The Stella Prize also announced their shortlist, which consists of:
Between A Wolf And A Dog by Georgia Blain
The Hate Race by Maxine Beneba Clarke
Poum And Alexandre by Catherine de Saint Phalle
An Isolated Incident by Emily Maguire
The Museum Of Modern Love by Heather Rose
Dying: A Memoir by Cory Taylor
I’ve actually read one of these! An Isolated Incident by Emily Maguire, which I thought was amazing. I’ve read quite a few of Emily’s books now and loved them all. I’ve also read Foreign Soil by Maxine Beneba Clarke just this week actually and I really want to read The Hate Race. I’m familiar with Between A Wolf And A Dog and I know the author passed away quite recently, as has Cory Taylor. The other two I’m not familiar with other than having heard them announced as part of the longlist but I looked them up and I really want to read Poum and Alexandre. My local library had copies of 3 books from this list on their catalogue, two of which were available to be borrowed and one that was checked out with a few holds placed on it as well. Unfortunately for me, Poum and Alexandre was not one of the books they had.
So sometimes the best of intentions go astray because of availability. I can’t really afford to buy entire longlists or shortlists – or if I can, it’s hard to do knowing that by the time some of them arrive the winner will be announced anyway and maybe I should just read that? Sometimes I choose a few books that interested me – last year I bought half of the Stella shortlist (I’d already read one other and I skipped a book that wasn’t really my sort of thing) but it’s a big undertaking to attempt to read an entire longlist of 16 or so books, as is the case with the Baileys Prize. It’s a goal I’d like to achieve one day though.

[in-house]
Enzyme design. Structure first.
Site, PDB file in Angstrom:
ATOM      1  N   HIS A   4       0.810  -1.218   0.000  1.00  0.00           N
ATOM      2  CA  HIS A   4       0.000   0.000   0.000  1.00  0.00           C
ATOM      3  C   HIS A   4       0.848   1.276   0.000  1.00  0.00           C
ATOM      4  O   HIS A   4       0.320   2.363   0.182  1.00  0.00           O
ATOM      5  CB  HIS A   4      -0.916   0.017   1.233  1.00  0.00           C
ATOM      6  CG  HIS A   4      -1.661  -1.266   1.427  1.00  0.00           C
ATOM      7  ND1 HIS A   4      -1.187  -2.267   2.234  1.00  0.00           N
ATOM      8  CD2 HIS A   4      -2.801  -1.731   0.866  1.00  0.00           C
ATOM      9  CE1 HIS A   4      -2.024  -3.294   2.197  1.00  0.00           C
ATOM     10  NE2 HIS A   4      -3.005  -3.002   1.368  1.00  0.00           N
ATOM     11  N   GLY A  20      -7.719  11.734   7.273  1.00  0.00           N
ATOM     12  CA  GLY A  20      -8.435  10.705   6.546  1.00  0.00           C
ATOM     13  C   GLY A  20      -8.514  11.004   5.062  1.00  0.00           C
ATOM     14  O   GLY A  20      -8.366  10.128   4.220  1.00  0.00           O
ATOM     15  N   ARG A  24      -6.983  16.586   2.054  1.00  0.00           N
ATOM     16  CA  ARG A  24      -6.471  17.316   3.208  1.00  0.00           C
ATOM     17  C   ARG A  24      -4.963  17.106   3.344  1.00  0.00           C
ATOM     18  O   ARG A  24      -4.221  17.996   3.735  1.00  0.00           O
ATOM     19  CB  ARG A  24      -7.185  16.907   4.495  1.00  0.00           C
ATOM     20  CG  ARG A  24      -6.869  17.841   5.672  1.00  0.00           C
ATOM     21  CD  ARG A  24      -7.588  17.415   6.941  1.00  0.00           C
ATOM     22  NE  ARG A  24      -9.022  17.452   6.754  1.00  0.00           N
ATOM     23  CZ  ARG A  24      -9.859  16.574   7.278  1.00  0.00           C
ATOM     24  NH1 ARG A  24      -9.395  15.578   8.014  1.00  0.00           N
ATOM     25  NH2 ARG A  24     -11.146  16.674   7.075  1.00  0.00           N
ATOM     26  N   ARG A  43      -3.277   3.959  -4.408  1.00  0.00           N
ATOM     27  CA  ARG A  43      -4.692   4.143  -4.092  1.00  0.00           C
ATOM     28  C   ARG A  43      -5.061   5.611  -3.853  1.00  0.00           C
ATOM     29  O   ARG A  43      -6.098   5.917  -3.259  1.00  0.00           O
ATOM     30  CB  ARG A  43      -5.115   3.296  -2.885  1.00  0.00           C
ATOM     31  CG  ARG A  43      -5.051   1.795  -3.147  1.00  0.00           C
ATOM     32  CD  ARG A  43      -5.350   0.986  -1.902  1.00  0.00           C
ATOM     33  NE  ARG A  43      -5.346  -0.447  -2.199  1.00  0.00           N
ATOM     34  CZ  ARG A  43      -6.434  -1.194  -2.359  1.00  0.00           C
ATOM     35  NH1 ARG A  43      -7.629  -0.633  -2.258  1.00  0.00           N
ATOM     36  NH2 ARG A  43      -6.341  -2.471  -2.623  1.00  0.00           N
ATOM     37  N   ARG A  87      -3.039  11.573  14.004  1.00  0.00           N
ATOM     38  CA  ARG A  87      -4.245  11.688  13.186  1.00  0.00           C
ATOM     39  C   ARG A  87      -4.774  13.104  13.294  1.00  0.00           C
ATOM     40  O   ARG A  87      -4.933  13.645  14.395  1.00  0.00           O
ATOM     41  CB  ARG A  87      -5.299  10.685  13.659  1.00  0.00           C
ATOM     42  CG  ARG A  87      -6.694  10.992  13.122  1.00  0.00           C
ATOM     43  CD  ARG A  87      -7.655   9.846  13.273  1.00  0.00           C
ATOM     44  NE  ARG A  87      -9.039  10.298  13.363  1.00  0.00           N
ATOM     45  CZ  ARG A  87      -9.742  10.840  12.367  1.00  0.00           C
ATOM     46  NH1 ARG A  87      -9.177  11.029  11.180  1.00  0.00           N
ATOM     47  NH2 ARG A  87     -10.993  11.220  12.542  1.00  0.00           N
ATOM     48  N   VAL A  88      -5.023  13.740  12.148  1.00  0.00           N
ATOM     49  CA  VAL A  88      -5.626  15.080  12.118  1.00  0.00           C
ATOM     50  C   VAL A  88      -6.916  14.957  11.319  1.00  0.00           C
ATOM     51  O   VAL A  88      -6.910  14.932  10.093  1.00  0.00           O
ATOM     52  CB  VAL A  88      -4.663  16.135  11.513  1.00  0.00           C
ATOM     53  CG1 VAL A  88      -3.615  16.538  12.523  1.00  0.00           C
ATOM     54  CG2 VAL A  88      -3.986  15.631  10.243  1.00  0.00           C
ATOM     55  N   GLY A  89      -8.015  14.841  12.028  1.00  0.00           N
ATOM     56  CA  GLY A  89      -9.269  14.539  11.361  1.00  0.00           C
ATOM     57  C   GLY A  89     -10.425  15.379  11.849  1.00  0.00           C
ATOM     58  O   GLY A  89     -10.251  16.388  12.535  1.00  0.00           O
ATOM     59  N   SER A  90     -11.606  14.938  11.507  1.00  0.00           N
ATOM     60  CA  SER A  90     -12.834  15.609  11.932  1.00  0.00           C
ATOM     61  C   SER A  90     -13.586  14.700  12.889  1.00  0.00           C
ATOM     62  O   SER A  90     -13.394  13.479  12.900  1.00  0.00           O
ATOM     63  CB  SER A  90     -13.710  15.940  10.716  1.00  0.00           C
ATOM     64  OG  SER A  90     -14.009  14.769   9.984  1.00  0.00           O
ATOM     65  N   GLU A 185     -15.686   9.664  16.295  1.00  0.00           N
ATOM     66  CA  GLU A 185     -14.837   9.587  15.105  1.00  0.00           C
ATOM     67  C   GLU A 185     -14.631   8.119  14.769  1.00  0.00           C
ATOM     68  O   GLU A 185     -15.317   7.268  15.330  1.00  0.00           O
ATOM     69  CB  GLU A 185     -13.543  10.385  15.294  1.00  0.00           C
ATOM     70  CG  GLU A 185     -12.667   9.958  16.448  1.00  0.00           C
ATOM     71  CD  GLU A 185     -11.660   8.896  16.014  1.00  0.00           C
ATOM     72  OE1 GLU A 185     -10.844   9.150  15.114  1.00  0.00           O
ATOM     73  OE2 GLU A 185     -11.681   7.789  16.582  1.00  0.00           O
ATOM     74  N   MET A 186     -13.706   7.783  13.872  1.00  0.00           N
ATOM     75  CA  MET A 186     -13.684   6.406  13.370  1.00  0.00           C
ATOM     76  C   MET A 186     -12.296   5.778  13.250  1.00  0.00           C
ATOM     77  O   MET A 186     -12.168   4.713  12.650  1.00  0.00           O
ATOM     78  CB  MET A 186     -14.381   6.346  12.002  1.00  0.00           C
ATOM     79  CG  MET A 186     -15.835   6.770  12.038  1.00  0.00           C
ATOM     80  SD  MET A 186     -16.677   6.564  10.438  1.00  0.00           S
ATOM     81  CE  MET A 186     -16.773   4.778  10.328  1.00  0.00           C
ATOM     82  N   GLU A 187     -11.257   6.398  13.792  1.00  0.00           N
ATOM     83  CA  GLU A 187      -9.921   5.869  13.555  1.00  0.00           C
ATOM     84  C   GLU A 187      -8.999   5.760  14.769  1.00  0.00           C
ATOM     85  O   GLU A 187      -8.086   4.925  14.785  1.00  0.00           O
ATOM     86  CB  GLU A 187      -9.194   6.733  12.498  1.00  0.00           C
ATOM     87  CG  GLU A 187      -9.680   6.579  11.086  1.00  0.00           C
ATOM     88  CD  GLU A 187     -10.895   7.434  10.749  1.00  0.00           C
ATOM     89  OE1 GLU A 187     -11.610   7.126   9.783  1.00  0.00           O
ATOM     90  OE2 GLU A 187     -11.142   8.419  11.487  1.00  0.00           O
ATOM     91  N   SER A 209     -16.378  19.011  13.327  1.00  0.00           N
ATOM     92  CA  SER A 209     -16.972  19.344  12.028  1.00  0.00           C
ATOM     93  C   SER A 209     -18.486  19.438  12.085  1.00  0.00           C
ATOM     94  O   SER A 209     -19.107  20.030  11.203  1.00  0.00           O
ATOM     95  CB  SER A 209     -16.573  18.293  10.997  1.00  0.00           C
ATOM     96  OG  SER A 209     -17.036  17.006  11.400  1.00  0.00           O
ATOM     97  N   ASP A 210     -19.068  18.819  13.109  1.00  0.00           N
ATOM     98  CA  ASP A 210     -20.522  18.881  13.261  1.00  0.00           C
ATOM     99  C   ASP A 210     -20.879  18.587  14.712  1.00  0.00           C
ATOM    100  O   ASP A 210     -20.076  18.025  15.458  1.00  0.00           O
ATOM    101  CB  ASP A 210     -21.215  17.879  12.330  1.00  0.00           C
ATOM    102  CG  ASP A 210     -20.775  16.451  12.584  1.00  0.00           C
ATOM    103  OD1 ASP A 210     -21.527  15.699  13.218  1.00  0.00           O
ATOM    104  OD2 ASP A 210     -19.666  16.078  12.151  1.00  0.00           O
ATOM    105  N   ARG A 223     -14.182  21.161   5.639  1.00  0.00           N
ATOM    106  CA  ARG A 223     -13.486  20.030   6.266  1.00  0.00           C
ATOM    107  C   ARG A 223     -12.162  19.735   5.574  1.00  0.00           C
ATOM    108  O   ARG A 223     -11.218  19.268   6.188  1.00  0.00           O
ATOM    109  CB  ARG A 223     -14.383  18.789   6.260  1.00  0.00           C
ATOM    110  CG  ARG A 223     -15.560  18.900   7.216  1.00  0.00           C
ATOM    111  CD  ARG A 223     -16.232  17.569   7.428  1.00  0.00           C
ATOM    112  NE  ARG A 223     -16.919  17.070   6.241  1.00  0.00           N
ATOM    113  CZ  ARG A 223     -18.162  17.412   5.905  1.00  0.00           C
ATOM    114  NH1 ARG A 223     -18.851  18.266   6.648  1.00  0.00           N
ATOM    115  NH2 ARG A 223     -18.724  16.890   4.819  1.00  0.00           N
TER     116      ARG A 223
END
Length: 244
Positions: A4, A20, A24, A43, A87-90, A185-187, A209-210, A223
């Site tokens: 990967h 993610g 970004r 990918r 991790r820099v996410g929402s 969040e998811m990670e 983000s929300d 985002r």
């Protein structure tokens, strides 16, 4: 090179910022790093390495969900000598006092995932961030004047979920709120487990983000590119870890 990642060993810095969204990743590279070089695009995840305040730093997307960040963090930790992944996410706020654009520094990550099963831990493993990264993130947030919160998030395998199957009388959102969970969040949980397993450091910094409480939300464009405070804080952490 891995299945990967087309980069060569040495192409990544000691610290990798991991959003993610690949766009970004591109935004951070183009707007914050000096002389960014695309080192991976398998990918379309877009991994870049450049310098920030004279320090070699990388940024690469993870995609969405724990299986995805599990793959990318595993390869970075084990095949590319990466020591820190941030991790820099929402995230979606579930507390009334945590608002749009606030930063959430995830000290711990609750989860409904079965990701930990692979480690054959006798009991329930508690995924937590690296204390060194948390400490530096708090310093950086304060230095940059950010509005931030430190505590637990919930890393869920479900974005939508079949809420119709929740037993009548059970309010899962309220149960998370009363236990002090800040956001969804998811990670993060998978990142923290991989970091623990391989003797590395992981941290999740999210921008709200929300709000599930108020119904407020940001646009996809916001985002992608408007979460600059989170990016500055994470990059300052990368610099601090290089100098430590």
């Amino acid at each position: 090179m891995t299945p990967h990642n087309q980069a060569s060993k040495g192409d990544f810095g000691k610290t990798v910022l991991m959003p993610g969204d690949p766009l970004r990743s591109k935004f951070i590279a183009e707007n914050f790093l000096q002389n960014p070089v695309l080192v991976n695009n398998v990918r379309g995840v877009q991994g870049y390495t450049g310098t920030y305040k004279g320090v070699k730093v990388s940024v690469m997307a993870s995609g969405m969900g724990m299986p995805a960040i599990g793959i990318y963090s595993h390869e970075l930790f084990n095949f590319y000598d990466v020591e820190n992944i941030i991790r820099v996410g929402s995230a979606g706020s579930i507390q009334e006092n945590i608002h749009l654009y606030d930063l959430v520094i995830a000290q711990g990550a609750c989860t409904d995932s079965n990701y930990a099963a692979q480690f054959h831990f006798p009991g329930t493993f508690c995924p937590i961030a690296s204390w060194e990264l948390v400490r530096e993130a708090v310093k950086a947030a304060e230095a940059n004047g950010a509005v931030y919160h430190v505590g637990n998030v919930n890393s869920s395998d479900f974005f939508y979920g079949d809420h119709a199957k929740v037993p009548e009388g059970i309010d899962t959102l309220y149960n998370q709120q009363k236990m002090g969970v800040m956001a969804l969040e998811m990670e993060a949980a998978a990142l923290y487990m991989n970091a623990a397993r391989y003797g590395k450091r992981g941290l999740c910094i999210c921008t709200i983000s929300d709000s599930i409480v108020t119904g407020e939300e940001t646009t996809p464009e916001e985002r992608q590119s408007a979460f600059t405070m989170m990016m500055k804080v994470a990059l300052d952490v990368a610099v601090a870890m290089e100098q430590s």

Classics are another area where I also have good intentions that sometimes (ok, often) fail to pan out. In fact I just recently noticed that the Classics Challenge I joined five years ago now wraps up this year. I committed myself to read 50 classics in five years and I have…….not done that. In fact, the challenge ends today. This challenge seemed doable when I started it but five years are up now and I’ve read 10 books off the list and reviewed 7 of them.
That’s pretty poor. I chose the list! I picked books I really want to read, plenty of which I own, sitting on my shelves, waiting to be picked up. They’re there. Accessible. I have no excuse really other than the fact that I’m distracted by new, shiny books. I think I also forgot this challenge even existed for about three years of it. I’m just going to leave it there as an open-ended challenge and hope that I knock a couple off each year. As poor as my progress was in this challenge, it was still progress and those 10 books are probably 10 more than I would’ve read had I not signed up for this.
This year the Australian Women Writers Challenge, which I have participated in every year of its being, has a strong focus on classics and I challenged myself to read 3. I didn’t want to go too crazy, knowing my average track record with classics. I have yet to really decide what those classics are going to be, although I did pick myself up a copy of The Thorn Birds with the intention of counting it. Is it old enough? It’s certainly iconic. I also have My Brilliant Career by Miles Franklin and The Watch Tower by Elizabeth Harrower on my shelves so it would make sense to finally tackle those.
Let’s hope that my good intentions pan out – perhaps small goals are the answer.